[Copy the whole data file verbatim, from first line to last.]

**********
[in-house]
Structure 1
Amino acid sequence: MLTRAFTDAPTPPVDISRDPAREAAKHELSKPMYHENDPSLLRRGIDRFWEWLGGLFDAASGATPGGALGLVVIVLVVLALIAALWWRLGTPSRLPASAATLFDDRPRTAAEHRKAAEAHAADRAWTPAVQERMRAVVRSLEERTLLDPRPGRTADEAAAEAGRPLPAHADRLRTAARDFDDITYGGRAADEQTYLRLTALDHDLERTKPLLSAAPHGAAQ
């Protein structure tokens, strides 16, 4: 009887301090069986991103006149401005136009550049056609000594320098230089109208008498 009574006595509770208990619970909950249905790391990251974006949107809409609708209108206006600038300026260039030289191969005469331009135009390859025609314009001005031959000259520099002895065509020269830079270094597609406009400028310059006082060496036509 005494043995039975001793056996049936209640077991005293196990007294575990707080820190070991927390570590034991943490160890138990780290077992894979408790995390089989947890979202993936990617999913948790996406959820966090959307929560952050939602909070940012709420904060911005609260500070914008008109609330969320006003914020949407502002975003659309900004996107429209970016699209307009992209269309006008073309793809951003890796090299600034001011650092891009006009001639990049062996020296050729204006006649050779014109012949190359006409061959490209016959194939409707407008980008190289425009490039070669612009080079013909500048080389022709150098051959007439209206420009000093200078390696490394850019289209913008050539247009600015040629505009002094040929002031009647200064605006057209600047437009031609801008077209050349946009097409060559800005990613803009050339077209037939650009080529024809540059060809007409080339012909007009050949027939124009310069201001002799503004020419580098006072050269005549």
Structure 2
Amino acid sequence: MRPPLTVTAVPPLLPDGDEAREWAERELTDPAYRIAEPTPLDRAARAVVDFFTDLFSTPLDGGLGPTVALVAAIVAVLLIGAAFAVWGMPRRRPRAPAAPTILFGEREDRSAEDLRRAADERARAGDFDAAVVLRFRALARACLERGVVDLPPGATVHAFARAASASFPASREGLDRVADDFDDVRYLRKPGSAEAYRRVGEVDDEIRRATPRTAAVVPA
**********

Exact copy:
[in-house]
Structure 1
Amino acid sequence: MLTRAFTDAPTPPVDISRDPAREAAKHELSKPMYHENDPSLLRRGIDRFWEWLGGLFDAASGATPGGALGLVVIVLVVLALIAALWWRLGTPSRLPASAATLFDDRPRTAAEHRKAAEAHAADRAWTPAVQERMRAVVRSLEERTLLDPRPGRTADEAAAEAGRPLPAHADRLRTAARDFDDITYGGRAADEQTYLRLTALDHDLERTKPLLSAAPHGAAQ
């Protein structure tokens, strides 16, 4: 009887301090069986991103006149401005136009550049056609000594320098230089109208008498 009574006595509770208990619970909950249905790391990251974006949107809409609708209108206006600038300026260039030289191969005469331009135009390859025609314009001005031959000259520099002895065509020269830079270094597609406009400028310059006082060496036509 005494043995039975001793056996049936209640077991005293196990007294575990707080820190070991927390570590034991943490160890138990780290077992894979408790995390089989947890979202993936990617999913948790996406959820966090959307929560952050939602909070940012709420904060911005609260500070914008008109609330969320006003914020949407502002975003659309900004996107429209970016699209307009992209269309006008073309793809951003890796090299600034001011650092891009006009001639990049062996020296050729204006006649050779014109012949190359006409061959490209016959194939409707407008980008190289425009490039070669612009080079013909500048080389022709150098051959007439209206420009000093200078390696490394850019289209913008050539247009600015040629505009002094040929002031009647200064605006057209600047437009031609801008077209050349946009097409060559800005990613803009050339077209037939650009080529024809540059060809007409080339012909007009050949027939124009310069201001002799503004020419580098006072050269005549």
Structure 2
Amino acid sequence: MRPPLTVTAVPPLLPDGDEAREWAERELTDPAYRIAEPTPLDRAARAVVDFFTDLFSTPLDGGLGPTVALVAAIVAVLLIGAAFAVWGMPRRRPRAPAAPTILFGEREDRSAEDLRRAADERARAGDFDAAVVLRFRALARACLERGVVDLPPGATVHAFARAASASFPASREGLDRVADDFDDVRYLRKPGSAEAYRRVGEVDDEIRRATPRTAAVVPA